Willingness to Accept Risk With Medication in Return for Cure of Symptoms Among Patients With Rome IV Irritable Bowel Syndrome

Vivek C. Goodoory; Cho Ee Ng; Christopher J. Black; Alexander C. Ford


Aliment Pharmacol Ther. 2022;55(10):1311-1319. 

In This Article

Abstract and Introduction


Background: Some drugs for irritable bowel syndrome (IBS) have serious side effects.

Aims: To examine the willingness of individuals with IBS to accept risks with medication in return for symptom cure.

Methods: We collected demographic, gastrointestinal symptoms, psychological health, quality of life and impact on work and daily activities data from 752 adults with Rome IV-defined IBS. We examined median willingness to accept death in return for cure with a hypothetical medication using a standard gamble, according to these variables.

Results: Participants would accept a median 2.0% (IQR 0.0%-9.0%) risk of death in return for a 98.0% (IQR 91.0%-100.0%) chance of permanent symptom cure. The median accepted risk of death was higher in men (5.0% vs 2.0%, P < 0.001), those with continuous abdominal pain (4.0% vs 1.0%, P < 0.001), more severe symptoms (P = 0.005 for trend), abnormal depression scores (P < 0.001 for trend), higher gastrointestinal symptom-specific anxiety (P < 0.001 for trend), and lower IBS-related quality of life (P < 0.001 for trend). Those willing to accept above median risk of death were more likely to be male (17.1% vs 9.1%, P < 0.001), take higher levels of risks in their daily life (P = 0.008 for trend), and report continuous abdominal pain (53.1% vs 39.4%, P < 0.001), and had higher depression (P = 0.004 for trend) and lower quality of life (P < 0.001 for trend) scores.

Conclusion: Patients are willing to accept significant risks in return for cure of their IBS symptoms.


Irritable bowel syndrome (IBS) is a disorder of gut-brain interaction (DGBI) affecting 5% to 10% of the population,[1] characterised by recurrent abdominal pain in association with abnormal stool form or frequency. Although the diagnosis is made using symptom-based criteria proposed by the Rome Foundation,[2] the pathophysiology is complex and incompletely understood.[3] As a result, patients with IBS form a heterogenous group of individuals possibly suffering from different underlying pathophysiological dysregulations but presenting with similar symptoms of abdominal pain and altered bowel habit.

For most patients, IBS is a chronic condition, with a relapsing and remitting course.[4] Quality of life is affected to the same degree as organic gastrointestinal disorders, such as Crohn's disease.[5] The condition also impacts on other aspects of daily life, such as work productivity,[6,7] social functioning,[8,9] and psychological health.[10–12] As the cause of IBS remains unclear, current treatment approaches target predominant gastrointestinal symptoms, rather than addressing specific underlying mechanisms. Most treatment trials demonstrate high placebo response rates and modest efficacy.[13–18] Although novel drugs continue to be developed, over the last 20 years several have been either withdrawn or their use restricted, due to safety concerns. Examples include ischemic colitis with alosetron,[19] an excess of cardiovascular and cerebrovascular events with tegaserod,[20] and episodes of acute pancreatitis with eluxadoline.[21] Although regulatory bodies often have laypersons, including patients and carers, on their committee, they do not require formal consideration, review or quantification of the risks patients are willing to accept to relieve or cure their symptoms. In a chronic, incurable, condition like IBS, which has a huge impact on quality of life, and where most drugs have limited efficacy, it is important to determine these risks.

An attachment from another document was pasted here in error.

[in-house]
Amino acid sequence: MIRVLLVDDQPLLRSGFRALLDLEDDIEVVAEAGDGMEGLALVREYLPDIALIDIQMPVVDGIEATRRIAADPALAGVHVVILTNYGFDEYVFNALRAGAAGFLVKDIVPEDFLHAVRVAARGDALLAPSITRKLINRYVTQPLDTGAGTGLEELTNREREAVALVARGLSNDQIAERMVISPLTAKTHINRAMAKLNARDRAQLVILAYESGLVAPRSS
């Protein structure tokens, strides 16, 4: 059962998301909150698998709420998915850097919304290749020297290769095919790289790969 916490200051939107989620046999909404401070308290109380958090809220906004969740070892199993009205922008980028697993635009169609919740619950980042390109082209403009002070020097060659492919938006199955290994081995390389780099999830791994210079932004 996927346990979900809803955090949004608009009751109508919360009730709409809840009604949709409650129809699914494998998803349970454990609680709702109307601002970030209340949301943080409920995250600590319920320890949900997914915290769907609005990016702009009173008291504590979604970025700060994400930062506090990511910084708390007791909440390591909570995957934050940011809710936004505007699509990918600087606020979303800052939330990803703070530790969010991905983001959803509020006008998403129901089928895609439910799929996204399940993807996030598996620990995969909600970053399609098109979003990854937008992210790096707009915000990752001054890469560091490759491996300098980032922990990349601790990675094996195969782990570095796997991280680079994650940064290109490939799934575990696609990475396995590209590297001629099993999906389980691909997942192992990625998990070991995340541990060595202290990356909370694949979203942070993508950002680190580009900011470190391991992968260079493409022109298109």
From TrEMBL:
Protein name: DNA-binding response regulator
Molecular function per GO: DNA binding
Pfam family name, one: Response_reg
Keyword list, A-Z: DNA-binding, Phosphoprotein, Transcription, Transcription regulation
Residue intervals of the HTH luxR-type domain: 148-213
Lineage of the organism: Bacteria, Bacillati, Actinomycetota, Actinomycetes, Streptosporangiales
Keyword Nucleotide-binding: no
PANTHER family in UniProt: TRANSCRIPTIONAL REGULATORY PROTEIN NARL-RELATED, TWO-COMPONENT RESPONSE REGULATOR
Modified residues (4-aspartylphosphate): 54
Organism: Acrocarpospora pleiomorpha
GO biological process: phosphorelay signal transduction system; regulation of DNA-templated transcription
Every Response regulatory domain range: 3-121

A previous survey established that individuals with IBS were, on average, willing to relinquish 15.1 years of their life to achieve perfect health with a new medication.[22] In one study patients were willing to accept a 2.65% risk of bowel impaction and a 1.34% risk of bowel perforation from medication, although the use of a discrete choice experiment only allowed the authors to examine a specific set of trade-offs for a drug for use in women with IBS with diarrhoea (IBS-D).[23] Two other studies reported that patients with IBS were willing to accept a median 1% risk of sudden death for a 99% chance of cure of their symptoms,[24] and that patients with IBS with predominant severe diarrhoea would accept a mean 10.2% risk of sudden death for a 99% chance of cure,[25] but these studies were relatively small and patients were recruited from referral populations. In addition, three of these previous studies used the Rome III criteria for IBS, but symptom severity appears worse with the current Rome IV criteria,[26] so their findings may no longer be applicable. Finally, none of these examined predictors of a higher acceptance of medication-related risk among individuals with IBS. We, therefore, examined willingness to accept risks with medications in return for cure of symptoms in a cohort of individuals with IBS defined according to the Rome IV criteria.